What's the difference between “case by case” and “case to case”?

What's the difference between "case by case" and "case to case"? I often hear the former from my Japanese students. When I asked them where they got the phrase, they always say they learned it from ...
0
votes
1answer
44 views

“People who” or “people that” [closed]

I am doing homework and I got confused about this phrase when I was writing. I am not a native English speaker. (...) and the only way to do this was taking control of everything and being ...
0
votes
2answers
58 views

Can we use “I can put you down..” when enlisting someone for an appointment?

For example, "I can put you down on a weekend tour." As far as i know, when you use the phrase "Put you down" it's more of embarrassing someone or it could also mean that you want to kill that ...
1
vote
3answers
89 views

Every once in a while [closed]

Representatives from my recruiting company sometimes come to visit me, may be once in a six months in my office. Is it correct to write some words of appreciation to them as shown below?. "I ...
2
votes
2answers
69 views

What are some synonymous phrases for the phrase “Turning Criminal”?

I need suggestions for different ways to say "turning criminal," as in "He began turning criminal, committing illegal acts instead of abiding by the law."
27
votes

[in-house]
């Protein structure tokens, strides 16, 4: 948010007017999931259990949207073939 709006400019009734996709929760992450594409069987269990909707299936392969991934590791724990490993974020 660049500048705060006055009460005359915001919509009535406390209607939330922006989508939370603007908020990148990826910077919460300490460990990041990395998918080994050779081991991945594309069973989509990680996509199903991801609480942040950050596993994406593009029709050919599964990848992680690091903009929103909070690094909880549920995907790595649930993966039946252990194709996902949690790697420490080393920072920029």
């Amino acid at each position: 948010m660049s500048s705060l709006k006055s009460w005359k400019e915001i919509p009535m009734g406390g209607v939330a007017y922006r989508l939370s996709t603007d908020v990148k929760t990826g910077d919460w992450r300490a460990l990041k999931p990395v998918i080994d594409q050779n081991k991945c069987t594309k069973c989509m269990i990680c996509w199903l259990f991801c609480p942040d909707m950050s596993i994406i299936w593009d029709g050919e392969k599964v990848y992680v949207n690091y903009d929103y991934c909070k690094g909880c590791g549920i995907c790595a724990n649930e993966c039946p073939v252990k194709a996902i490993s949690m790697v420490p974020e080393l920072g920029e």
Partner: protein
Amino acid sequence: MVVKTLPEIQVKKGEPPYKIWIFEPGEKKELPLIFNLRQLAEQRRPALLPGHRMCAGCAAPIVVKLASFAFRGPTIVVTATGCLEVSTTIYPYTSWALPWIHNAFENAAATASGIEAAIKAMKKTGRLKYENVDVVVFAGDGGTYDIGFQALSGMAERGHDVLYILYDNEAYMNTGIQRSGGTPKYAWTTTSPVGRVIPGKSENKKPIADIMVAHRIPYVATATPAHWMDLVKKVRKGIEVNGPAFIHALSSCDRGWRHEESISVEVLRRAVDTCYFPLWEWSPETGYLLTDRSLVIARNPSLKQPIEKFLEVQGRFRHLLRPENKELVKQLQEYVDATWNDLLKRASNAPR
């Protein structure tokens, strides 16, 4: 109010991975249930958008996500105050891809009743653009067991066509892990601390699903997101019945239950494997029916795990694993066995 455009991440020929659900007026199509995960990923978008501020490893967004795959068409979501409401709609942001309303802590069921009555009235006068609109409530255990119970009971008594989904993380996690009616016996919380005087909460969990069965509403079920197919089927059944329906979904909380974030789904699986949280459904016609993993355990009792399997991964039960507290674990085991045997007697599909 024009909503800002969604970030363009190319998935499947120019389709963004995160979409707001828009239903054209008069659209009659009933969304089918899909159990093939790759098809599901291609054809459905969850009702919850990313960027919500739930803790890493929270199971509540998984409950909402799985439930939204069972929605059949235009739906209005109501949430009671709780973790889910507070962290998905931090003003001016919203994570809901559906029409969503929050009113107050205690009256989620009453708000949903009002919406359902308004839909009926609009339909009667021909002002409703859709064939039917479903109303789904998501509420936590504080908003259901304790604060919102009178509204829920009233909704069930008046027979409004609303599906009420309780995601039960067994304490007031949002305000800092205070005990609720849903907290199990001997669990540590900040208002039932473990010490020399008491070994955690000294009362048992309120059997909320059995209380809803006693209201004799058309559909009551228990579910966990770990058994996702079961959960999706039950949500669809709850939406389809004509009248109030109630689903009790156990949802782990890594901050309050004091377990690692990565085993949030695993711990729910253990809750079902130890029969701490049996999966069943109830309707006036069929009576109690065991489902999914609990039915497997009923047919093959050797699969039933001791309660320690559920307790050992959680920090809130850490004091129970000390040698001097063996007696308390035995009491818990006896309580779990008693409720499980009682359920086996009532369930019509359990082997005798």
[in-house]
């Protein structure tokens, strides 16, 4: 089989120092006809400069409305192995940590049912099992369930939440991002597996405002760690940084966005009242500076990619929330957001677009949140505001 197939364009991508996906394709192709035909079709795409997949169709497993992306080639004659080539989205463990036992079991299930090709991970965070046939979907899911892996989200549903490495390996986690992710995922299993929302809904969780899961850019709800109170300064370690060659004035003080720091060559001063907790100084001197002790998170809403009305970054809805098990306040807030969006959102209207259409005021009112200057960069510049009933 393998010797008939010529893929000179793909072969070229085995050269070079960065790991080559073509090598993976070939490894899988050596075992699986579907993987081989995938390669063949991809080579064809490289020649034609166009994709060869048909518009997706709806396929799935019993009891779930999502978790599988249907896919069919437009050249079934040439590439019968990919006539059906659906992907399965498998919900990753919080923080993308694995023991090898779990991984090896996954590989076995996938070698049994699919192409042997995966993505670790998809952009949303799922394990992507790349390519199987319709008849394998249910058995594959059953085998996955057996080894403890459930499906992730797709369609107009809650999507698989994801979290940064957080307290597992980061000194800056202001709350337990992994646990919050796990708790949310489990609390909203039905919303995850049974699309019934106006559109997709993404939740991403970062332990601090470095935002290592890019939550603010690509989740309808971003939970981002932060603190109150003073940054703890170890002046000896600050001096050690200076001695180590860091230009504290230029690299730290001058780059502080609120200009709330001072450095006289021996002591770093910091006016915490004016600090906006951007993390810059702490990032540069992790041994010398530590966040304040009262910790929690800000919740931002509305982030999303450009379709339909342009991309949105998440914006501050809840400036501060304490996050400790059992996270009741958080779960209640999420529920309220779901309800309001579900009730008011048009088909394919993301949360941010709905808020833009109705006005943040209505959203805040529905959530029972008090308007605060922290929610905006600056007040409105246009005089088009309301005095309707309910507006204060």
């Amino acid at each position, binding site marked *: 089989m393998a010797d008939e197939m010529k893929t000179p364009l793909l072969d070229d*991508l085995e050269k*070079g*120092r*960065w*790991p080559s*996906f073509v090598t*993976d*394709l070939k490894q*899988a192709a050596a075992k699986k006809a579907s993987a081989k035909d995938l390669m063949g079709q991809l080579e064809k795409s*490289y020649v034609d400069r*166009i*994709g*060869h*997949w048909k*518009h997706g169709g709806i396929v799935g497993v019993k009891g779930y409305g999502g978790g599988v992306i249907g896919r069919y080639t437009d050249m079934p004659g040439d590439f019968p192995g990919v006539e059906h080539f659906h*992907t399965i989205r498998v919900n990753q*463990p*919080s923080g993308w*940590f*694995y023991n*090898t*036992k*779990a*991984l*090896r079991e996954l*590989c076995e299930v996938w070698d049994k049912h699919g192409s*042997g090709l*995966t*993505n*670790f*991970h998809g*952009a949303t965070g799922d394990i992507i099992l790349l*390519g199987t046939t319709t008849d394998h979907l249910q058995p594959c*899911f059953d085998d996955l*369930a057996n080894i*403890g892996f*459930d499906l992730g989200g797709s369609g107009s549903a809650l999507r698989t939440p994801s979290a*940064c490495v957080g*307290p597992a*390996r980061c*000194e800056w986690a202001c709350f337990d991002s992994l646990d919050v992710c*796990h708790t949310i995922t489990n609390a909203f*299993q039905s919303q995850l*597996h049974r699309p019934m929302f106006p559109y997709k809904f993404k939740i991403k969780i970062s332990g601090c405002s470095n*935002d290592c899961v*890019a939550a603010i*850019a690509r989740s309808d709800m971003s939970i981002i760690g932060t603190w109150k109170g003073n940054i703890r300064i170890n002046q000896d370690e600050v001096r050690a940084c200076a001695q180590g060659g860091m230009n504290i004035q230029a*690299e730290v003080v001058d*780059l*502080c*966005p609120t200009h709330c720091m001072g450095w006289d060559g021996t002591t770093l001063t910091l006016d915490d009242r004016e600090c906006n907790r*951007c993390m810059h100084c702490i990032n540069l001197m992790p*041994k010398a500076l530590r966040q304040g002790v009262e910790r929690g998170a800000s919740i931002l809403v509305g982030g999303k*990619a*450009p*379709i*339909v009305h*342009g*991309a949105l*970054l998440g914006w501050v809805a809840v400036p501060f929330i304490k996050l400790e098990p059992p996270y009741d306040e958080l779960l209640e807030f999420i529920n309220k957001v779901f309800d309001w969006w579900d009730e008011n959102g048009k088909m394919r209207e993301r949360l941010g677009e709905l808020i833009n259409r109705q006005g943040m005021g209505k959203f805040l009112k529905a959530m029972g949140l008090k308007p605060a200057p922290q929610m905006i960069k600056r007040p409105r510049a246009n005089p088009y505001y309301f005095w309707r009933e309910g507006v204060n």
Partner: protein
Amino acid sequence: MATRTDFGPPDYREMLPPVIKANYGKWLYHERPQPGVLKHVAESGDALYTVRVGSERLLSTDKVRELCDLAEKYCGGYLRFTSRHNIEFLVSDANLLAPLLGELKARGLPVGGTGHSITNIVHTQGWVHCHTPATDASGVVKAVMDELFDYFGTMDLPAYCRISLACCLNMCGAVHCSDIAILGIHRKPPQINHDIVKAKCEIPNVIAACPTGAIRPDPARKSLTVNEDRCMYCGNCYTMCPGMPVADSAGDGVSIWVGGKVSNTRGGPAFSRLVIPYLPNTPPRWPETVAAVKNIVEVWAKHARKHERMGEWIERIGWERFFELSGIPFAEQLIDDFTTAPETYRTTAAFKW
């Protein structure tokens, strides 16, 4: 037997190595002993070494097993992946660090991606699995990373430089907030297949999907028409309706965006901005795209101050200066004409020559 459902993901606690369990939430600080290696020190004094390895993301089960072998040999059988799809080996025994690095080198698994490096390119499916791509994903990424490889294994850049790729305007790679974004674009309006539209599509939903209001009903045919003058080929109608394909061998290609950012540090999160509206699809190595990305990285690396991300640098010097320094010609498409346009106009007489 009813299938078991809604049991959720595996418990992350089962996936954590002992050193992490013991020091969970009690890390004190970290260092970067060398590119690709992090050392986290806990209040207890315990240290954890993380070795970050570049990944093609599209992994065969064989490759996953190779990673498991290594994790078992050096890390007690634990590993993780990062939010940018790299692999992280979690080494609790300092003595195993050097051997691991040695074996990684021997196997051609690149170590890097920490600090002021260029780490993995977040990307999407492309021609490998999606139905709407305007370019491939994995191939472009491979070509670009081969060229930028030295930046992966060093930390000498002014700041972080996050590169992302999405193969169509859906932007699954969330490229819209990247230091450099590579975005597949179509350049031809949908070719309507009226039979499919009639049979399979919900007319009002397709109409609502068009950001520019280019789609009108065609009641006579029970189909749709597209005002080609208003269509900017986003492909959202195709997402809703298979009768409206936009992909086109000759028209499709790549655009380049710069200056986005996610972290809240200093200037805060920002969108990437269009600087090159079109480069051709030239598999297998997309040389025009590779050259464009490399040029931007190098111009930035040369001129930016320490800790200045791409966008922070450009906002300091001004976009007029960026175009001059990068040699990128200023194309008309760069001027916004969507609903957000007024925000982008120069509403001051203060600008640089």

12answers
5k views

Shoplifting vs. a word for “someone who orders, eats and sneaks without paying the check”

Shoplifting relates more to the physical possession of goods. A shoplifter may pretend to be a customer or buy some and steal many (or vice-versa). But while at a restaurant such pretense won't ...
0
votes
1answer
40 views

I must know all the facts. I cannot help you otherwise [closed]

I must know all the facts. I cannot help you otherwise. Combine this sentence into complex sentence. I have no idea how to combine?
1
vote
1answer
144 views

Usage of “give it a read”

Is the usage of the phrase "give it a read" correct? For instance, "Hey, I have attached my essay. Do give it a read and let me know what you think".
1
vote
1answer
35 views

What are the alternatives for “May I ask…”

Before posting a question, "May I ask..." seems would make it more politely. I wonder what are the alternatives for that phrase? Seems "Pray, .." also do, but that sounds a bit Jane Austin?
0
votes
1answer
52 views

Comma before a conjunction that precedes an infinitive phrase?

I understand that a comma is used before "and" when the conjunction precedes an independent clause; however, I'm curious if the same rule applies when it precedes an infinitive phrase: "It was my job ...
-3
votes
1answer
41 views

I lost my temper in Domino's pizza the other day and ended up pushing the bloke “behind the till” [closed]

I lost my temper in Domino's pizza the other day and ended up pushing the bloke behind the till. What is the meaning of "till" here ? Is it preferred to use such formations in general ...
1
vote
2answers
82 views

Can you use “crime scene” for a suicide? [closed]

Example: The detectives assigned to Kevin's suicide left the house. I took the opportunity to investigate the crime scene. I'm not sure if this is correct. Since suicide isn't a crime. Or ...
0
votes
1answer
37 views

What is the meaning of “contain the group”? [closed]

I come across the following BBC news: These gains have undercut the core pillar of the US strategy against IS. But airstrikes and limited ground operations by local forces can contain the group ...